The Impertinence of Being Steve

Steven Seagal, whose action movies once were major box-office attractions, believes false allegations by FBI agents ruined his career, the Los Angeles Times reported on Friday. (Reuters, August 17, 2007.)

A spokesperson for Stevie Wonder—singer, songwriter, and music producer who signed with Motown at the age of 11; winner of twenty-two Grammy awards; and inductee to both the Rock and Roll and Songwriters halls of fame—announced today that the artist believes his unabashed support of the Democratic Party ruined any chance he might have had of flying the Space Shuttle for NASA.

Lucasian Professor of Mathematics at the University of Cambridge and a Fellow of Gonville and Caius College, Cambridge, Steven William Hawking, CH, CBE, FRS, FRSA, whose runaway popular science book A Brief History of Time stayed on the British Sunday Times bestseller list for a record-breaking 237 weeks, will publish a paper next month proving that an offhand comment made by a top-ranking MI5 official kept Hawking from playing for Manchester United F.C.

Film director and producer Steven Spielberg has hinted that his prenuptial agreement with first-wife Amy Irving—written on a napkin and famously vacated by a judge—was not enforced “because of something to do with the Tennessee Valley Authority.”

A forthcoming biography of “Little Giant” Stephen Douglas, the 5 foot-4 inch, 90-lb. Illinois politician and 1860 presidential nominee who lost to none other than Abraham Lincoln—whom Douglas had defeated two years earlier in a Senate race following a famed series of debates—makes the claim that, in order to discredit him, then-President James Buchanan authorized surveillance of Douglas in private and then disseminated daguerreotypes of Douglas secreting “lifts” in his shoes and ballast in the pockets of his waistcoat.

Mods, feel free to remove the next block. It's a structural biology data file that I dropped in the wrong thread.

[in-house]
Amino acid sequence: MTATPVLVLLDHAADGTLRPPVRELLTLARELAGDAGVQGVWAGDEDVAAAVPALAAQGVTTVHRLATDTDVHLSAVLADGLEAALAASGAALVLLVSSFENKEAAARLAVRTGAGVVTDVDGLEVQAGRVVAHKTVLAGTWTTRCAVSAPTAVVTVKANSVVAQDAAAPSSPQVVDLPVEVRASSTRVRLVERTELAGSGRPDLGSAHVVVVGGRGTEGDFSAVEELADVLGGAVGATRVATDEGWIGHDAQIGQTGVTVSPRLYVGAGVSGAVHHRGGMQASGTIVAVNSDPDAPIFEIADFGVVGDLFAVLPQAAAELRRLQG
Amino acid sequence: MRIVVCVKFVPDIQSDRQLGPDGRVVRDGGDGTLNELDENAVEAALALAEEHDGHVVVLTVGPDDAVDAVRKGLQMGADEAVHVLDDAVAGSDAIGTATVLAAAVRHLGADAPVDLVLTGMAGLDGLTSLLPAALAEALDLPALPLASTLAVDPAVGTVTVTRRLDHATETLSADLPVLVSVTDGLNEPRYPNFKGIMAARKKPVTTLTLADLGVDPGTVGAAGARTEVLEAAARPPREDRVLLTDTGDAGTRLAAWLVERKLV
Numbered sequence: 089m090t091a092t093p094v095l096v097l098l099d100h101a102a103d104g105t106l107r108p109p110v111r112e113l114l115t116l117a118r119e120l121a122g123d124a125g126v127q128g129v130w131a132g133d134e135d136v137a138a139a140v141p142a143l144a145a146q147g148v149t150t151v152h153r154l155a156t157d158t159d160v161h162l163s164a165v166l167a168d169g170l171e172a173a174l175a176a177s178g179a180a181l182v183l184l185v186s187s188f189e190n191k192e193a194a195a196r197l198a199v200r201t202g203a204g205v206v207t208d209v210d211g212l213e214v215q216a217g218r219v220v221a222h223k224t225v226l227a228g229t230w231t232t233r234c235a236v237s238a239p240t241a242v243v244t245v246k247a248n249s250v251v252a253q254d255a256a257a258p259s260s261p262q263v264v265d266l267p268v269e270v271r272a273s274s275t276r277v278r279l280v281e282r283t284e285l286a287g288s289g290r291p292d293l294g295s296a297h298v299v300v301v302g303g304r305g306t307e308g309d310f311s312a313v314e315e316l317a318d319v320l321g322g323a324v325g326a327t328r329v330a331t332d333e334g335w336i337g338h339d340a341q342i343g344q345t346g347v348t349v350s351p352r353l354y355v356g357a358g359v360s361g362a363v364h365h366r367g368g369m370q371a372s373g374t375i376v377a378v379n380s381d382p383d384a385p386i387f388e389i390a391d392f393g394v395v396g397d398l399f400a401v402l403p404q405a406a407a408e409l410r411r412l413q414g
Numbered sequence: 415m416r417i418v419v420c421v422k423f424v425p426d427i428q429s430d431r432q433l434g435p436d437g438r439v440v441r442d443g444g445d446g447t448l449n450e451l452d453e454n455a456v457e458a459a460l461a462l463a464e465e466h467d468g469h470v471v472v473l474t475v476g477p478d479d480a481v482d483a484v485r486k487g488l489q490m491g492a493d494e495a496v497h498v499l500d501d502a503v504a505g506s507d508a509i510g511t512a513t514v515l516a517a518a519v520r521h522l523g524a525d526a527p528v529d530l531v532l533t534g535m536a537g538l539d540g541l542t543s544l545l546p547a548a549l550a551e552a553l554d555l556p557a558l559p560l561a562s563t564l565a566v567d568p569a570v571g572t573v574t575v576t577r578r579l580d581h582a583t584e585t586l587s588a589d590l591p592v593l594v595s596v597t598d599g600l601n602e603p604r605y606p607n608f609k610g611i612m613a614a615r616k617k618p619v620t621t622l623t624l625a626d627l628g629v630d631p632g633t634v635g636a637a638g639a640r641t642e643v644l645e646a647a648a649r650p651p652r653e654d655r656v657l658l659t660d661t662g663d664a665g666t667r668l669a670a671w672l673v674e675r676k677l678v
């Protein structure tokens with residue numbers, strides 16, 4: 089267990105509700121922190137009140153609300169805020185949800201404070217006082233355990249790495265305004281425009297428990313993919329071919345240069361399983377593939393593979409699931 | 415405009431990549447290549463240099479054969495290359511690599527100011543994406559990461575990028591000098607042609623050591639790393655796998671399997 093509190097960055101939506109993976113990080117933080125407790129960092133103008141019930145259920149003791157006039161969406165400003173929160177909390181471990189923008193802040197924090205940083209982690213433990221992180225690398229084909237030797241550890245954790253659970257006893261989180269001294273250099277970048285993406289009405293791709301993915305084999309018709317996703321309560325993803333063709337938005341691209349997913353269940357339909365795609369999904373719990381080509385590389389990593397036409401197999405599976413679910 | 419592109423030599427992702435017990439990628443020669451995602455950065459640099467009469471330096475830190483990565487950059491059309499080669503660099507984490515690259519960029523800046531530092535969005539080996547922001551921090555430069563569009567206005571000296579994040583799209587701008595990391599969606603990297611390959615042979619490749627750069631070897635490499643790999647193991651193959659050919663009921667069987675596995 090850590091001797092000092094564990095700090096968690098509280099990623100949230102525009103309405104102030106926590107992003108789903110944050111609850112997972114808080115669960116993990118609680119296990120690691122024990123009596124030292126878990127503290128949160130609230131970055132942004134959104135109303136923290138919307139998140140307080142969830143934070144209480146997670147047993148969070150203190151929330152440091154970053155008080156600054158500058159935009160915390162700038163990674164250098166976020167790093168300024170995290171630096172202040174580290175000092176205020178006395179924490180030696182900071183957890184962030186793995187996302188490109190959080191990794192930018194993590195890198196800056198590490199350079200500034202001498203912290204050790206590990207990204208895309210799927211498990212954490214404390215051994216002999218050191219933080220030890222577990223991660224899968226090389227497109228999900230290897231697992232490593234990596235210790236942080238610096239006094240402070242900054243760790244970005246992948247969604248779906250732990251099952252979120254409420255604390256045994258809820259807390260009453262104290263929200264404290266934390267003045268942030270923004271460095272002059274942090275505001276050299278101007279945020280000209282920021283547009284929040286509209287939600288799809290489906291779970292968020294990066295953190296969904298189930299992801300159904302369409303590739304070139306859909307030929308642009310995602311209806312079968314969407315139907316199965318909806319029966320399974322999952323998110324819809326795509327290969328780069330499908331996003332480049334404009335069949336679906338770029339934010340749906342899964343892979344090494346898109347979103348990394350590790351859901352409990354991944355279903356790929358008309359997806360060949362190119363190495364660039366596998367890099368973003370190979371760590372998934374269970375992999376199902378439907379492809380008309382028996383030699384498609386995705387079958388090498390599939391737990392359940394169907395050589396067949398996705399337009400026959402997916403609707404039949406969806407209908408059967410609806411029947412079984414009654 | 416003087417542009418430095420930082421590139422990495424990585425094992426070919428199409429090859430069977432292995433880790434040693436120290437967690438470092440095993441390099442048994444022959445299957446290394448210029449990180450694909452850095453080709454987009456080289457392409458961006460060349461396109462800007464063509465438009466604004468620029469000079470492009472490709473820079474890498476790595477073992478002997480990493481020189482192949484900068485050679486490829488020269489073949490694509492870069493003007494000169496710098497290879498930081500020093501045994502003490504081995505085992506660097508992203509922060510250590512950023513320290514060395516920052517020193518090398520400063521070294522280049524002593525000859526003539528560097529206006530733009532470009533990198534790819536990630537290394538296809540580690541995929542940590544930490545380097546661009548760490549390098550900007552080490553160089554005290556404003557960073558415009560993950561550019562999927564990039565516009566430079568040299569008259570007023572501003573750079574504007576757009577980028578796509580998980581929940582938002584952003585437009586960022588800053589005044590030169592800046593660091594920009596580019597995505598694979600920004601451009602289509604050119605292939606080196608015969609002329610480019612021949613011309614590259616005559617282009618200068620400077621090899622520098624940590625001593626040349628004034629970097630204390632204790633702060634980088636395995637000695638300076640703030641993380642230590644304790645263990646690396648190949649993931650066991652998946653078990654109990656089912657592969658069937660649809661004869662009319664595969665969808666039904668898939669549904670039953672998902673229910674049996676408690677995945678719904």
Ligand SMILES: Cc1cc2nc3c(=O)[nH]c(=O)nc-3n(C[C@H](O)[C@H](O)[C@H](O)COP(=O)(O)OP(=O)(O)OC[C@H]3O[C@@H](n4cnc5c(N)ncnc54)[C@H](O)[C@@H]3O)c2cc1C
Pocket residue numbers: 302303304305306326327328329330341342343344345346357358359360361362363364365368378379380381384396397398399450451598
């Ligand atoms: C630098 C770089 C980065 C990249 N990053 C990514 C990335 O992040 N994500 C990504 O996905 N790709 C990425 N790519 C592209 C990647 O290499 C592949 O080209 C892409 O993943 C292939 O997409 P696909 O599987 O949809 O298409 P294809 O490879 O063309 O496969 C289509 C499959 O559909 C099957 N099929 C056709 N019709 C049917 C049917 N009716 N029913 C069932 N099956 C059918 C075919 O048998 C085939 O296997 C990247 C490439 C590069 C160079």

Stephen Sondheim has lamented for years that “Another Sunday in the Park with George” went into the development hell from which it has never emerged because of “ridiculous demands made by the Department of the Interior.”

The 1998 Report to Shareholders of Apple Computer, Inc.—founded by Steve Jobs and Steve Wozniak—contains a footnote implying that the failure of the Newton was not the result of the device's high price and large size but rather due to a massive and complex coöperative effort of the National Railroad Passenger Corporation, the Bureau of Engraving and Printing, and the Smithsonian Institution.

Steven King, author of more than 200 stories, including 50 bestselling horror and fantasy novels, had a dream in which the Dodge Caravan that struck him in the summer of 1999 was being remotely controlled by a rogue operative of the Small Business Administration.

Steve Reed, a native of Toronto, earned a law degree at Columbia and now teaches at Northwestern University. Steve is a friend of mine from college. You probably don’t know him. Whose fault is that?

Academy Award-winning stand-up comedian, actor, and writer Steven Wright, known for his slow, deadpan, monotonic delivery of ironic, witty, often contrived, frequently deeply philosophical, and sometimes confusing one-liners, told an audience this week that as a boy he’d thought he wanted to work for the FBI, but when he was in college he realized that he wasn't comfortable with the notion that “the entirety of my professional career would be scrutinized by the American public and its propriety ultimately evaluated by millions of people who might not understand my mission,” so he went into entertainment instead.

Matthew David Brozik wrote this and many other short humor pieces, which have been published in print and online by The New Yorker, Adult Swim, McSweeney’s Internet Tendency, Grin & Tonic, The Big Jewel, and no one.

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